<TAG ID="3">This</TAG> is <TAG ID="0">some *JUNK* data</TAG> .
      </TEXT>
      <TEXT PARTNO="001">
      *FOO* Sometimes <TAG ID="1">tags in <TAG ID="0">the data</TAG> are nested</TAG> .
      </TEXT>
      <TEXT PARTNO="002">
      In addition to <TAG ID="1">nested tags</TAG> , sometimes there is also <TAG ID="2">junk</TAG> we need to ignore .
      </TEXT>
      <TEXT PARTNO="003">*BAR*-1
      <TAG ID="2">Junk</TAG> is marked by uppercase characters between asterisks and can also optionally be followed by a dash and then one or more digits . *JUNK*-123
      </TEXT>
      <TEXT PARTNO="004">
      Note that <TAG ID="4">*this*</TAG> is just emphasized . It's not <TAG ID="2">junk</TAG> !
      </TEXT>
      </DOC>
      

      The above XML has so-called in-line textual annotations because the XML <TAG> elements are embedded within the document text itself.

      Your goal is to convert the in-line XML annotations to so-called stand-off annotations where the text is separated from the annotations and the annotations refer to the text via slicing into the text as a character array with starting and ending character offsets. While in-line annotations are more human-readable, stand-off annotations are equally machine-readable, and stand-off annotations can be modified without changing the document content itself (the text is immutable).

      The challenge, then, is to convert to a stand-off JSON format that includes the plain-text of the document and the XML tag annotations grouped by their tag element IDs. In order to preserve the annotation information from the original XML, you must keep track of each <TAG>’s starting and ending character offset within the plain-text of the document. The plain-text is defined as the character data in the XML document ignoring any junk. We’ll define junk as one or more uppercase ASCII characters [A-Z]+ between two *, and optionally a trailing dash - followed by any number of digits [0-9]+.

      Here is the desired JSON output for the above example to test your solution:

      {
        "data": "\nThis is some data .\n\n\nSometimes tags in the data are nested .\n\n\nIn addition to nested tags , sometimes there is also junk we need to ignore .\n\nJunk is marked by uppercase characters between asterisks and can also optionally be followed by a dash and then one or more digits . \n\nNote that *this* is just emphasized . It's not junk !\n\n",
        "entities": [
          {
            "id": 0,
            "mentions": [
              {
                "start": 9,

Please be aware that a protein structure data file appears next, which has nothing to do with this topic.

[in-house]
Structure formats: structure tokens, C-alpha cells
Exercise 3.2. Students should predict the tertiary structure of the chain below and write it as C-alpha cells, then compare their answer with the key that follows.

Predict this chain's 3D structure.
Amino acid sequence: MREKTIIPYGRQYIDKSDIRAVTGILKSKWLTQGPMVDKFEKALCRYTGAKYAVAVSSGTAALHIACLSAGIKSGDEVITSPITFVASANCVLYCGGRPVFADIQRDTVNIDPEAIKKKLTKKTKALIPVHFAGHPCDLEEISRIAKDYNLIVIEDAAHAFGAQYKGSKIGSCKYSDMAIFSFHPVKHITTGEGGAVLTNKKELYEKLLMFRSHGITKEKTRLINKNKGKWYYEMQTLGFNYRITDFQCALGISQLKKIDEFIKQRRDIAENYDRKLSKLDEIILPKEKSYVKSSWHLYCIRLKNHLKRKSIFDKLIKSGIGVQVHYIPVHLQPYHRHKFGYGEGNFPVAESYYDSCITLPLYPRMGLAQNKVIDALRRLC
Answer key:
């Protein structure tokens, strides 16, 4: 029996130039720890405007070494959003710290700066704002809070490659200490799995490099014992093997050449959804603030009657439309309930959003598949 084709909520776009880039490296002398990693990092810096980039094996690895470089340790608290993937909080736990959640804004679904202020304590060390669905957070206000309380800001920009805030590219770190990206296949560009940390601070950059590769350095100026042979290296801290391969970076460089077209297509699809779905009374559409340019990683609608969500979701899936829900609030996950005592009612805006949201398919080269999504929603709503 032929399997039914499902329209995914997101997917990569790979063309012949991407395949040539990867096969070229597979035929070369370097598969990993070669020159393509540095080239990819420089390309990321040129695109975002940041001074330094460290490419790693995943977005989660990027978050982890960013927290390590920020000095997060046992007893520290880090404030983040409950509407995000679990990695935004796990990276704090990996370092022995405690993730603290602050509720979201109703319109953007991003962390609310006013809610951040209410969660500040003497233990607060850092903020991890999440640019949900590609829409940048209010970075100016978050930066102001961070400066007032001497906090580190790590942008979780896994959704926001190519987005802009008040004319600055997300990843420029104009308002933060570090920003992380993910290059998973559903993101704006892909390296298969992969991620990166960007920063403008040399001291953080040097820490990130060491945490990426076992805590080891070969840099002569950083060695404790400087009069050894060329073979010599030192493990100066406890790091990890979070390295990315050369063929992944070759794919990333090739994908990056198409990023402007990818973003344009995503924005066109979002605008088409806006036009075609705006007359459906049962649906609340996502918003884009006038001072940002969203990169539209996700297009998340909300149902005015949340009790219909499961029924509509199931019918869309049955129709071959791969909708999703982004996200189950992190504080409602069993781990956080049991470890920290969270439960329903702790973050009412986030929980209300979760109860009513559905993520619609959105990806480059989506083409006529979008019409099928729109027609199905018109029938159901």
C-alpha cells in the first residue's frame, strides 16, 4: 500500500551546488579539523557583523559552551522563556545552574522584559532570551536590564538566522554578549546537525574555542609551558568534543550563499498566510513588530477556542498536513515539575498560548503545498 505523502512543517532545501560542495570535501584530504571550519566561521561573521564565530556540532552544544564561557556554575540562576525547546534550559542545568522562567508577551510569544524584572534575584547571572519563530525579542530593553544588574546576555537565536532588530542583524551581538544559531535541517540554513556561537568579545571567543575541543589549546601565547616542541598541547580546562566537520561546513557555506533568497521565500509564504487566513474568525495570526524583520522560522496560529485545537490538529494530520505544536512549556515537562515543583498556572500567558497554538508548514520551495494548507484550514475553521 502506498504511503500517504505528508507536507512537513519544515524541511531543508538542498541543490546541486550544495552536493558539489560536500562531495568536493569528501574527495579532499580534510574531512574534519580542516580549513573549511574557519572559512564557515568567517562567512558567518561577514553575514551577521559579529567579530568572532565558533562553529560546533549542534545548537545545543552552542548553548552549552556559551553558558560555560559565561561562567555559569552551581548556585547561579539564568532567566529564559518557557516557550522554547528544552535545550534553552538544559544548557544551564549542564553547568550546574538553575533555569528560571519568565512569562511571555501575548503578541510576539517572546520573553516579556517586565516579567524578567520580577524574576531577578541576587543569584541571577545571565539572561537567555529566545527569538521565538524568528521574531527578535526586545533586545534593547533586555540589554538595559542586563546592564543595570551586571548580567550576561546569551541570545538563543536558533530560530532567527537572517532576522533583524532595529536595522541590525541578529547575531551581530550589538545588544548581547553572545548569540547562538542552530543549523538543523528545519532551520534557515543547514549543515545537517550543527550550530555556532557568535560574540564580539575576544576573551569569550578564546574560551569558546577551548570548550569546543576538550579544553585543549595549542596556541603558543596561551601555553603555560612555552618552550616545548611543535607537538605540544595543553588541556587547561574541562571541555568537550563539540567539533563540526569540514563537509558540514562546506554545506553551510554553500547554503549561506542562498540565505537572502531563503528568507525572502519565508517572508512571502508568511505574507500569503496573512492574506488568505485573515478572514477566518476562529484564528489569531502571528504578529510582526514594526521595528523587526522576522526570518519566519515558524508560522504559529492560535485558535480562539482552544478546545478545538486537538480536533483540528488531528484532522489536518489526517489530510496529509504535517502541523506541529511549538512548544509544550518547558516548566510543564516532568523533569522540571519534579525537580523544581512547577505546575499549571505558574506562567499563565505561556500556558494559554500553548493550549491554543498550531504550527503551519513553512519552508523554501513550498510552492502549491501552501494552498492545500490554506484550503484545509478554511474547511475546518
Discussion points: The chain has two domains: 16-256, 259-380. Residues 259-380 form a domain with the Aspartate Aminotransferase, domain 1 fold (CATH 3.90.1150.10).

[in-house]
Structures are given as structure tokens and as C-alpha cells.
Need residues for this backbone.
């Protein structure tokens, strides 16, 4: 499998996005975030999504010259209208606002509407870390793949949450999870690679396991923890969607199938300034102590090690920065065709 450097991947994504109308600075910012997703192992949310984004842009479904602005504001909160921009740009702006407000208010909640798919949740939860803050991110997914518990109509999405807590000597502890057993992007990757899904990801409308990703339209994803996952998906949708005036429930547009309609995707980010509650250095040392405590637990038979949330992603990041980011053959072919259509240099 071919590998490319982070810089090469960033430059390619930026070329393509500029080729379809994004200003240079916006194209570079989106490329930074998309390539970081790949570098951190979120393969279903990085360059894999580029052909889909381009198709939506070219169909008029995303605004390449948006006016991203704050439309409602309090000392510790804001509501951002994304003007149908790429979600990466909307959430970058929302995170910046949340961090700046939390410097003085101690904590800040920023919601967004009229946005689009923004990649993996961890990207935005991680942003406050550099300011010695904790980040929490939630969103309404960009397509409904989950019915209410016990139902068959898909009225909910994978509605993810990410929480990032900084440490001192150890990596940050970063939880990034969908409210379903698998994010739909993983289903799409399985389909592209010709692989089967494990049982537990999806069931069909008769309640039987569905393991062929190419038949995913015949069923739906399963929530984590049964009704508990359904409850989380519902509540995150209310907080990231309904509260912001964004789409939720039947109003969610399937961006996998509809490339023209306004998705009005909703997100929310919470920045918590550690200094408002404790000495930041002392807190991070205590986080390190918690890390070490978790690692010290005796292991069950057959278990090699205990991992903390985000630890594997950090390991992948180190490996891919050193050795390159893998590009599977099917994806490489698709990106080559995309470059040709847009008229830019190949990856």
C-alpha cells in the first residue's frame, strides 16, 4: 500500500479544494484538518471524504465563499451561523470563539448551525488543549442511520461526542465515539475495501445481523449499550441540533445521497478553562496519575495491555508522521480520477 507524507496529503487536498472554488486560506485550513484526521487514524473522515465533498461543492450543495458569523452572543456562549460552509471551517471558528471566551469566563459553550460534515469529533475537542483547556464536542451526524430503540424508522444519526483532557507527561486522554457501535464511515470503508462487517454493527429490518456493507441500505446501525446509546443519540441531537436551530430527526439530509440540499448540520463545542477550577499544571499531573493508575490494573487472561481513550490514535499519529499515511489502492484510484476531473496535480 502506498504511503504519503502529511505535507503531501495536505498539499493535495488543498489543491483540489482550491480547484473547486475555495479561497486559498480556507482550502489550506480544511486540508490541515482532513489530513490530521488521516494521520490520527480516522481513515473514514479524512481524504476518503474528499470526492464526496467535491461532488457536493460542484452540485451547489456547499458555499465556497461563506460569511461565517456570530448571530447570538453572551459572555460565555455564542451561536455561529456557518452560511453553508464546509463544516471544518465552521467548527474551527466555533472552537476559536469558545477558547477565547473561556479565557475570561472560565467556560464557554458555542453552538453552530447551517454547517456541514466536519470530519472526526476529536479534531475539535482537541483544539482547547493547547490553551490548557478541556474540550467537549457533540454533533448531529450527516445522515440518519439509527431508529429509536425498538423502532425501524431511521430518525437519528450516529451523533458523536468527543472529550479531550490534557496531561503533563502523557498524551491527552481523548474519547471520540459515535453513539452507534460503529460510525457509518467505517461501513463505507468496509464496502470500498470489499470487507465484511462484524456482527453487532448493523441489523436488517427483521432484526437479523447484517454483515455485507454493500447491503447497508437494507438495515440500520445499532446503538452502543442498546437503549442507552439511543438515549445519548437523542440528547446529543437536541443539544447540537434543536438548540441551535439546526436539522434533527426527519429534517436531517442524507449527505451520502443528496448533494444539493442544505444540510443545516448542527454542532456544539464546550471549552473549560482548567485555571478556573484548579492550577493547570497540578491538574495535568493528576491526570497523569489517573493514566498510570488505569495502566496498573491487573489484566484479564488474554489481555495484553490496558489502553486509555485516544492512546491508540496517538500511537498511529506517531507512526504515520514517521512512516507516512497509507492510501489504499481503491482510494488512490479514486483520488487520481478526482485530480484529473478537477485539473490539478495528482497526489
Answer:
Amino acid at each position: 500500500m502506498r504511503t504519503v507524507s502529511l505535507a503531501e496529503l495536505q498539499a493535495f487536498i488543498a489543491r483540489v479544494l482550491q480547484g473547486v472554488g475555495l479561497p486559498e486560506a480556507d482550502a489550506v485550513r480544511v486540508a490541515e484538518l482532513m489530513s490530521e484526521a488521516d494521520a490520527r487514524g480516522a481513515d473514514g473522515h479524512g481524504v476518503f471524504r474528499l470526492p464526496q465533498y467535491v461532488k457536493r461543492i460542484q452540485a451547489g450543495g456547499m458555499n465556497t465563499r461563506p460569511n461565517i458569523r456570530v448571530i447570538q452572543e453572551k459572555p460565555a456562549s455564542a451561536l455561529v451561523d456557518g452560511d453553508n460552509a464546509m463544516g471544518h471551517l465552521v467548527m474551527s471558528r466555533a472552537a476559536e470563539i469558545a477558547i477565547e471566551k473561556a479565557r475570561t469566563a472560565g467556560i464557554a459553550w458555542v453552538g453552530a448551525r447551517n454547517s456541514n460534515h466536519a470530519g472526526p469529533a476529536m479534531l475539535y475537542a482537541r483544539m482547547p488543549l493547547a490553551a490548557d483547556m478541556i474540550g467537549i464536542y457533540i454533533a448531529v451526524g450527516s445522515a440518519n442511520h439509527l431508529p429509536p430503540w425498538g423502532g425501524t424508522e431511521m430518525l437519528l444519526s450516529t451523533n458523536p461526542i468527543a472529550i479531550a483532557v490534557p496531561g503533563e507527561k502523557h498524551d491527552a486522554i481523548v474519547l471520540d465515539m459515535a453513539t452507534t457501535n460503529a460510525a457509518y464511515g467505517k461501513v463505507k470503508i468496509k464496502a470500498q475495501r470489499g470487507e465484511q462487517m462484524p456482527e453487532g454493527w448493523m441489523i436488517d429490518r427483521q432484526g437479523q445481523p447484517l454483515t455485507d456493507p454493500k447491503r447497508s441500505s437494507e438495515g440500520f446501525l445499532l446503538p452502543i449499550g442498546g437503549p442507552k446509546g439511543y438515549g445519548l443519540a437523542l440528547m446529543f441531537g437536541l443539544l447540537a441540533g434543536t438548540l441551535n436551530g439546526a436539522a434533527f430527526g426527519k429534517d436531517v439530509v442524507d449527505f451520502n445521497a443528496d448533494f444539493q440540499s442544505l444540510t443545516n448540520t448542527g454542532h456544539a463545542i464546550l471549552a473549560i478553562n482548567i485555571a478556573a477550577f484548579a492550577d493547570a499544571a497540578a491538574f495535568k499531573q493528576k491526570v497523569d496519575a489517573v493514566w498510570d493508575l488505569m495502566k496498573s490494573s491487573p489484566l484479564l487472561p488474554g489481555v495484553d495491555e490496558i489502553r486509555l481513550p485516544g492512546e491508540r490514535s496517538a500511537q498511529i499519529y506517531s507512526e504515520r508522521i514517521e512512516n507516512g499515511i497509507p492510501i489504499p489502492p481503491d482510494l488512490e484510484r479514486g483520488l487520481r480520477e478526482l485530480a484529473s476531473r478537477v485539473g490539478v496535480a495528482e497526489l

"end": 18,
                "id": 0,
                "text": "some data"
              },
              {
                "start": 41,
                "end": 49,
                "id": 0,
                "text": "the data"
              }
            ]
          },
          {
            "id": 1,
            "mentions": [
              {
                "start": 33,
                "end": 60,
                "id": 1,
                "text": "tags in the data are nested"
              },
              {
                "start": 80,
                "end": 91,
                "id": 1,
                "text": "nested tags"
              }
            ]
          },
          {
            "id": 2,
            "mentions": [
              {
                "start": 118,
                "end": 122,
                "id": 2,
                "text": "junk"
              },
              {
                "start": 144,
                "end": 148,
                "id": 2,
                "text": "Junk"
              },
              {
                "start": 326,
                "end": 330,
                "id": 2,
                "text": "junk"
              }
            ]
          },
          {
            "id": 3,
            "mentions": [
              {
                "start": 1,
                "end": 5,
                "id": 3,
                "text": "This"
              }
            ]
          },
          {
            "id": 4,
            "mentions": [
              {
                "start": 289,
                "end": 295,
                "id": 4,
                "text": "*this*"
              }
            ]
          }
        ]
      }
      

      Python 3 solution here.

      If you need a hint, see if you can find an event-based XML parser (or if you’re feeling really motivated, write your own).

      4 votes